Earlier this month, the NAACP Board of Directors voted for a moratorium on charter schools, essentially stripping educational control from both parents and students. The organization came to the conclusion despite dozens of African-American leaders imploring them not to.
Jacqueline Cooper, president of The Black Alliance for Educational Options blasted the decision in a new statement this week.
Cooper acknowledges charter schools aren't perfect, but the good ones deserve to be supported. To deny future charter schools to black children, she argues, will "widen the achievement gap."
"We are absolutely stunned that the NAACP voted to put distortions, lies and outdated ideologies about charter schools above what is in the best interest of our children. It is inexplicable to me that such a storied organization, responsible for leading a powerful civil rights movement to tear down barriers for generations of Black people, would erect new ones for our children."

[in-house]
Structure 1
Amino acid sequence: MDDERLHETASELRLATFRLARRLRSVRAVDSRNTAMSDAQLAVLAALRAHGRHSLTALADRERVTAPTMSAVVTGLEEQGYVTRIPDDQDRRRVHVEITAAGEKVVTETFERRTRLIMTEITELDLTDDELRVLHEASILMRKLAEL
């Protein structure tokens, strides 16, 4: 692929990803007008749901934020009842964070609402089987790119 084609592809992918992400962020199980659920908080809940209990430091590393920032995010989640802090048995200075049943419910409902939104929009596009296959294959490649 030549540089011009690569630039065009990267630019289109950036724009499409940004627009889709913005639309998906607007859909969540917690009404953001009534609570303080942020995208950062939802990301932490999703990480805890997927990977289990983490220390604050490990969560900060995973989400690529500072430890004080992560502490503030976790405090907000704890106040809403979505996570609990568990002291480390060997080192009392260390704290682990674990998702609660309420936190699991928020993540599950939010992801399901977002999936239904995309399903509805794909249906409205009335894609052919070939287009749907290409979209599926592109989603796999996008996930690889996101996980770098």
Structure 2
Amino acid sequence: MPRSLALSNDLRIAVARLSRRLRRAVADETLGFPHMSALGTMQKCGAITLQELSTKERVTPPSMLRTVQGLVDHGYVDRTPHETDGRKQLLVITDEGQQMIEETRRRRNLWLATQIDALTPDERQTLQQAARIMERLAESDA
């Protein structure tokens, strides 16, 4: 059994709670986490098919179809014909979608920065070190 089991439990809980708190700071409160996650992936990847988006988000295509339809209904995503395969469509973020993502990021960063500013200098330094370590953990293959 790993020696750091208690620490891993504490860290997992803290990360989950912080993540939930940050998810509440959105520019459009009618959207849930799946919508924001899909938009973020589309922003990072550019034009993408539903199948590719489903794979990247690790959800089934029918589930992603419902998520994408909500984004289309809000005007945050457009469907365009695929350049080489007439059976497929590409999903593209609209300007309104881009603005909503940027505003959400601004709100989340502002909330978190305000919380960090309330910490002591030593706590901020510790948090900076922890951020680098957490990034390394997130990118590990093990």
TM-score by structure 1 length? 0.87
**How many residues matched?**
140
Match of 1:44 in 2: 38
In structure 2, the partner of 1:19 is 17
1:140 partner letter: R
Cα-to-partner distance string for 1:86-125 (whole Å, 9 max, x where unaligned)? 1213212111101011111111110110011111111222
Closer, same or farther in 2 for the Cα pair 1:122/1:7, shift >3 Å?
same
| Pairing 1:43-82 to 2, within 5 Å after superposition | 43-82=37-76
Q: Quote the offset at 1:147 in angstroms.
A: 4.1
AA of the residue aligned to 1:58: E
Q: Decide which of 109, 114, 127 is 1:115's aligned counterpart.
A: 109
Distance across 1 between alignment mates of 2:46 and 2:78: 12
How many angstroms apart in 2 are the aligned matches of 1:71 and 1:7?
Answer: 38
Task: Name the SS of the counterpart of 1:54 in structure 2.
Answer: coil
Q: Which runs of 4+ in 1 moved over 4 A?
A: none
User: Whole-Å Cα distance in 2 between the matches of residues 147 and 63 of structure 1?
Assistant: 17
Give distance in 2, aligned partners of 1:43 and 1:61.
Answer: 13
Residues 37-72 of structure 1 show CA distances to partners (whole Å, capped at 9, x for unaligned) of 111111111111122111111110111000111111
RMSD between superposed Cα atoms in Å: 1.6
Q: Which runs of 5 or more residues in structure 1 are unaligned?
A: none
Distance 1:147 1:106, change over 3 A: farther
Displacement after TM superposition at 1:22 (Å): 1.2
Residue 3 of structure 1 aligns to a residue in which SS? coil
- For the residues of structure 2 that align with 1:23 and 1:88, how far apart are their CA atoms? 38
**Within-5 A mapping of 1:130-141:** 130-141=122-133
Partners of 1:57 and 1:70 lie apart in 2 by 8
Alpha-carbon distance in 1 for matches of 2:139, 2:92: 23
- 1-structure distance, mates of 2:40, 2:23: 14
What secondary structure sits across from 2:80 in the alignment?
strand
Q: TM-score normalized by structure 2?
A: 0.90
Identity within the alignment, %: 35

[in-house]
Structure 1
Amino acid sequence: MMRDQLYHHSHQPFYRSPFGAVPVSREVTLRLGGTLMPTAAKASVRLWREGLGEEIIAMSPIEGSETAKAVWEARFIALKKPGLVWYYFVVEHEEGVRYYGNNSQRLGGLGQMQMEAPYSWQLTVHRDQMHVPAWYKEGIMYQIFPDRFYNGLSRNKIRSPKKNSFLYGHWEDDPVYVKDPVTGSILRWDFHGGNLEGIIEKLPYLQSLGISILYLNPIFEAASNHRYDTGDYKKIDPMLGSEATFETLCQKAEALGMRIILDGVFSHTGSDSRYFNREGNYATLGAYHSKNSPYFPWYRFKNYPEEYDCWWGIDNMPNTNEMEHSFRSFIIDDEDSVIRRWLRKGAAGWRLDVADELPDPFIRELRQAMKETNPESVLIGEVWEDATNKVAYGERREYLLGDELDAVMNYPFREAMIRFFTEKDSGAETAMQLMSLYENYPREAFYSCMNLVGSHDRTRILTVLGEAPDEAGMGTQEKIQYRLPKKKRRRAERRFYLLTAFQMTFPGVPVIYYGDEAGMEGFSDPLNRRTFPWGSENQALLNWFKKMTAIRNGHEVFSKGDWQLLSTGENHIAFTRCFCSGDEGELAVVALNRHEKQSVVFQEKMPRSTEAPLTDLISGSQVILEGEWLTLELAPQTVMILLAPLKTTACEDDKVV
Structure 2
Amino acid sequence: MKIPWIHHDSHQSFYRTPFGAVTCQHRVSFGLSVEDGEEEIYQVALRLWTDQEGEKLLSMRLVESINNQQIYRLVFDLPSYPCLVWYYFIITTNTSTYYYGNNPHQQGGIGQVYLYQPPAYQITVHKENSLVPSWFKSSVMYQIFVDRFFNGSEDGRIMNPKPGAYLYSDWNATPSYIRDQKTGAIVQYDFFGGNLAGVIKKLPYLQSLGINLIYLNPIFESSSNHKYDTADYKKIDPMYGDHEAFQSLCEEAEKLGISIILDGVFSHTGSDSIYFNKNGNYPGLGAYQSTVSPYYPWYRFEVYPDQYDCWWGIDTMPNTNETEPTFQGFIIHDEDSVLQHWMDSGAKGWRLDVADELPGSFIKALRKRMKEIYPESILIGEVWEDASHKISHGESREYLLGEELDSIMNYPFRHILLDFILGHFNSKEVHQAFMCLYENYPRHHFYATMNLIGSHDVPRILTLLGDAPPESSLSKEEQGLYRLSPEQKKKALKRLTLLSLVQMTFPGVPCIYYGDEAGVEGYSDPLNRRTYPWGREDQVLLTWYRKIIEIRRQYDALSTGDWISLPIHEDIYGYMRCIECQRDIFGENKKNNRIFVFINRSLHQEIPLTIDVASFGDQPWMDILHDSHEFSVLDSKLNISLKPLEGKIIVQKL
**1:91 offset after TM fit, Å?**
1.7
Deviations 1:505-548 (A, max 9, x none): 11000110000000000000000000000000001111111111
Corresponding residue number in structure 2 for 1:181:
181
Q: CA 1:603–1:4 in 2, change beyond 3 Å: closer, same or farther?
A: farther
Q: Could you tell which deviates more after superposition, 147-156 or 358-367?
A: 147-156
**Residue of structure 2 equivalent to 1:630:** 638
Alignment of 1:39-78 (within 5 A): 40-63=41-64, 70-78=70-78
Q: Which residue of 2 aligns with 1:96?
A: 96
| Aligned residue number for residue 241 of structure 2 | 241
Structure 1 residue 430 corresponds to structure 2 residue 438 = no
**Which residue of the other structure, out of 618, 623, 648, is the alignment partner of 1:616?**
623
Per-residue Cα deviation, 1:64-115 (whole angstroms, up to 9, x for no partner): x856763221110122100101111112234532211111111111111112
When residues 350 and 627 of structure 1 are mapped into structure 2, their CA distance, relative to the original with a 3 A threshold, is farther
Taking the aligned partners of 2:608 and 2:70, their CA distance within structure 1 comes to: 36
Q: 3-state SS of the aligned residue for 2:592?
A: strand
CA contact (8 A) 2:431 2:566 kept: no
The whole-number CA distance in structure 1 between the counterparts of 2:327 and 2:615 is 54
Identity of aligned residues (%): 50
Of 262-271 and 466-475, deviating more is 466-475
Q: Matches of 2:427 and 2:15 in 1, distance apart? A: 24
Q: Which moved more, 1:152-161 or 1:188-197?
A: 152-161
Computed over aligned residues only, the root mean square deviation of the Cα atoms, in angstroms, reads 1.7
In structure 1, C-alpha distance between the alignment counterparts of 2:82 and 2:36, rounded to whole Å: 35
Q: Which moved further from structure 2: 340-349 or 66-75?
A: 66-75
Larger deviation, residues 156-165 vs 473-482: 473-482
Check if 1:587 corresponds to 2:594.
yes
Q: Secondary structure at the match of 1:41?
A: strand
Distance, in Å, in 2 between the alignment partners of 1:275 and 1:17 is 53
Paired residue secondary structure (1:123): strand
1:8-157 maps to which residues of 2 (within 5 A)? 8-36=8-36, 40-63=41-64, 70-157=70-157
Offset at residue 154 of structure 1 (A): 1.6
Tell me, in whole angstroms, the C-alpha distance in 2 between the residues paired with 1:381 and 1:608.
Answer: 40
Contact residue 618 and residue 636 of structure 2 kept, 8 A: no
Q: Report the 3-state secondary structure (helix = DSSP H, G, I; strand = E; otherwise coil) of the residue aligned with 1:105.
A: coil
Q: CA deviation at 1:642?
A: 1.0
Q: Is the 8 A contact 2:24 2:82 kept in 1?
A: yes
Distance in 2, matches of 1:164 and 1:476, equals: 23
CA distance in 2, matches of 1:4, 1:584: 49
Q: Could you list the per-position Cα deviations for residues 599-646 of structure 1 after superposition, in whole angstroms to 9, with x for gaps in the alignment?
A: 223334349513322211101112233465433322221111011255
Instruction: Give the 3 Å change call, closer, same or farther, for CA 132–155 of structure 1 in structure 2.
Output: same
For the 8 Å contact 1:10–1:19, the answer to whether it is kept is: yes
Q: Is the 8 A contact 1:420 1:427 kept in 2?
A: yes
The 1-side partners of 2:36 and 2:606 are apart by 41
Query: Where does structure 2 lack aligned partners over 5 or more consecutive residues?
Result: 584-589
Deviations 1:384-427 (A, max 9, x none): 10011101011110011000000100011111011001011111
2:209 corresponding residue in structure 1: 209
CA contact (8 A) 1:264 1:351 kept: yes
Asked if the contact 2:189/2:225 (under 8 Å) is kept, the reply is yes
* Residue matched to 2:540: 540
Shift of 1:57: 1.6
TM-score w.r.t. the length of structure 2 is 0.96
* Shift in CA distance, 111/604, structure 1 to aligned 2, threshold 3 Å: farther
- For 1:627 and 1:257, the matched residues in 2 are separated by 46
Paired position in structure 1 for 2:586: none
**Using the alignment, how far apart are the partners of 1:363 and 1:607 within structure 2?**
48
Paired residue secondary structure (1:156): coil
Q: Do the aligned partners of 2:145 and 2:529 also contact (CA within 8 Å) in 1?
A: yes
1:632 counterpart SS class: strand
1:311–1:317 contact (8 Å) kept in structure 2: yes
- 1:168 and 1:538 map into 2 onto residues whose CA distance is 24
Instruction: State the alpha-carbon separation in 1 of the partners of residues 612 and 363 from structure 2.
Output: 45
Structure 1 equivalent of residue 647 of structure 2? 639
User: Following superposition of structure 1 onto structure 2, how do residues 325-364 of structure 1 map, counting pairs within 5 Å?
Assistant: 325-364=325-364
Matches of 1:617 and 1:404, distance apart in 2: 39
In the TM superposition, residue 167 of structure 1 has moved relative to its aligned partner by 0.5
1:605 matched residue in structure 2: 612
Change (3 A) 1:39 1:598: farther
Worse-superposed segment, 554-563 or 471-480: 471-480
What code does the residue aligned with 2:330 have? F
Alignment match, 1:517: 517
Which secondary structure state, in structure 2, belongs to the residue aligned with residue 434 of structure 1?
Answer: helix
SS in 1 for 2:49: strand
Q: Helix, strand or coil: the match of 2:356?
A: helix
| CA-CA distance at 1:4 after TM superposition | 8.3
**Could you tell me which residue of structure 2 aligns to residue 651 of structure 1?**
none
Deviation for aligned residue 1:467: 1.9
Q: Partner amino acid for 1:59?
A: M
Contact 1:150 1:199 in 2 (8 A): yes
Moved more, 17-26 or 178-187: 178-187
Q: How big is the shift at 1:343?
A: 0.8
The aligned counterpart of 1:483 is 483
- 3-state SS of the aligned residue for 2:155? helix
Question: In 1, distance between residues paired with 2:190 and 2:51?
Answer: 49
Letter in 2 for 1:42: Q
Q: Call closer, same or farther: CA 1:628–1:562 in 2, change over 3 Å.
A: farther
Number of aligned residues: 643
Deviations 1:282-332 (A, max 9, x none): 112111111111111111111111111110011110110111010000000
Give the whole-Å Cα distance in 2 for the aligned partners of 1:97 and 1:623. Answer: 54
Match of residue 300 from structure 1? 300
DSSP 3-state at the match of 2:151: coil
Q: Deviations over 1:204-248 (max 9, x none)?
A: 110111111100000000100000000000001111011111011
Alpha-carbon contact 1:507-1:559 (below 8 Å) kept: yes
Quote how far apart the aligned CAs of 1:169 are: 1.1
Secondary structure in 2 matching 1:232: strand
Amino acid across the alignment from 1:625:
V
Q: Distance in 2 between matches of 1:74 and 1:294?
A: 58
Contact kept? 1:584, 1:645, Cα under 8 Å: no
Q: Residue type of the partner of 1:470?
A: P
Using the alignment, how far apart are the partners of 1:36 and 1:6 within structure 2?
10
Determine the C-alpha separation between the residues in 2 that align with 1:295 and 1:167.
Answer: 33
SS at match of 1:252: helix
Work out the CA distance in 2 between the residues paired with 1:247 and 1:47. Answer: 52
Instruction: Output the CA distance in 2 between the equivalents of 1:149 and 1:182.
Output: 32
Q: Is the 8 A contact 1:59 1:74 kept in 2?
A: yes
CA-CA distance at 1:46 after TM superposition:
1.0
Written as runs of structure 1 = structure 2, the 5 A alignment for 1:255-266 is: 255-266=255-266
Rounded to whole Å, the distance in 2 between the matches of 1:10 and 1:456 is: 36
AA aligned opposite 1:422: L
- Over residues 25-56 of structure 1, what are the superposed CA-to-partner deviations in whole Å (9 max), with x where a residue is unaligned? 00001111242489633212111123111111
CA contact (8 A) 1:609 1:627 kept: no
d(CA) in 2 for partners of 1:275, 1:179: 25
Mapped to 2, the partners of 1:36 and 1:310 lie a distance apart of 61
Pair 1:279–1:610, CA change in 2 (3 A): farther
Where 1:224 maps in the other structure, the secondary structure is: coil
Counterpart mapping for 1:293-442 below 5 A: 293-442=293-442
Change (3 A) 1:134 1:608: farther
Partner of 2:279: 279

"Low-income and working-class Black families deserve more choice, not less."
Parents are just as disappointed. In an op-ed for The Houston Chronicle, an African-American working mother named Rosezina Williams explained why charter schools have been a blessing. She describes how her son has a disability and was bullied in public school. She put her son on a waiting for a charter school and found one that fit. Now, she said her son is treated like an individual and receives the education he needs.
Charter schools give more choice to the individual instead of the government. Apparently that is too dangerous of a concept for the NAACP.